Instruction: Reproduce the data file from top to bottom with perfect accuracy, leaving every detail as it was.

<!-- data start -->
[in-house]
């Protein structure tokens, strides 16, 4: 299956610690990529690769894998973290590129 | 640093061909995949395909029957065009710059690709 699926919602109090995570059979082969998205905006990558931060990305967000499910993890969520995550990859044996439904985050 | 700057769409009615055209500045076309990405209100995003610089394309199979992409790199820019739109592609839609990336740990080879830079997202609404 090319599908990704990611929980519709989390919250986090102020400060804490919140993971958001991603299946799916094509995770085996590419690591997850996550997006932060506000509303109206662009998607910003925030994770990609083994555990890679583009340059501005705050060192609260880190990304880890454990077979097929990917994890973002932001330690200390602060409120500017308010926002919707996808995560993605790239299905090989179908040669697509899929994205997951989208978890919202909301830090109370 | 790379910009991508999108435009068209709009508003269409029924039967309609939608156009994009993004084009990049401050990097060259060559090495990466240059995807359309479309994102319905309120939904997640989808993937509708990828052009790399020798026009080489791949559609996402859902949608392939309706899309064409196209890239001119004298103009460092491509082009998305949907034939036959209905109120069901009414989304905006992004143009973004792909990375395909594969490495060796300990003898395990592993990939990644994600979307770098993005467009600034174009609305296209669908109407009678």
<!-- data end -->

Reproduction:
[in-house]
């Protein structure tokens, strides 16, 4: 299956610690990529690769894998973290590129 | 640093061909995949395909029957065009710059690709 699926919602109090995570059979082969998205905006990558931060990305967000499910993890969520995550990859044996439904985050 | 700057769409009615055209500045076309990405209100995003610089394309199979992409790199820019739109592609839609990336740990080879830079997202609404 090319599908990704990611929980519709989390919250986090102020400060804490919140993971958001991603299946799916094509995770085996590419690591997850996550997006932060506000509303109206662009998607910003925030994770990609083994555990890679583009340059501005705050060192609260880190990304880890454990077979097929990917994890973002932001330690200390602060409120500017308010926002919707996808995560993605790239299905090989179908040669697509899929994205997951989208978890919202909301830090109370 | 790379910009991508999108435009068209709009508003269409029924039967309609939608156009994009993004084009990049401050990097060259060559090495990466240059995807359309479309994102319905309120939904997640989808993937509708990828052009790399020798026009080489791949559609996402859902949608392939309706899309064409196209890239001119004298103009460092491509082009998305949907034939036959209905109120069901009414989304905006992004143009973004792909990375395909594969490495060796300990003898395990592993990939990644994600979307770098993005467009600034174009609305296209669908109407009678």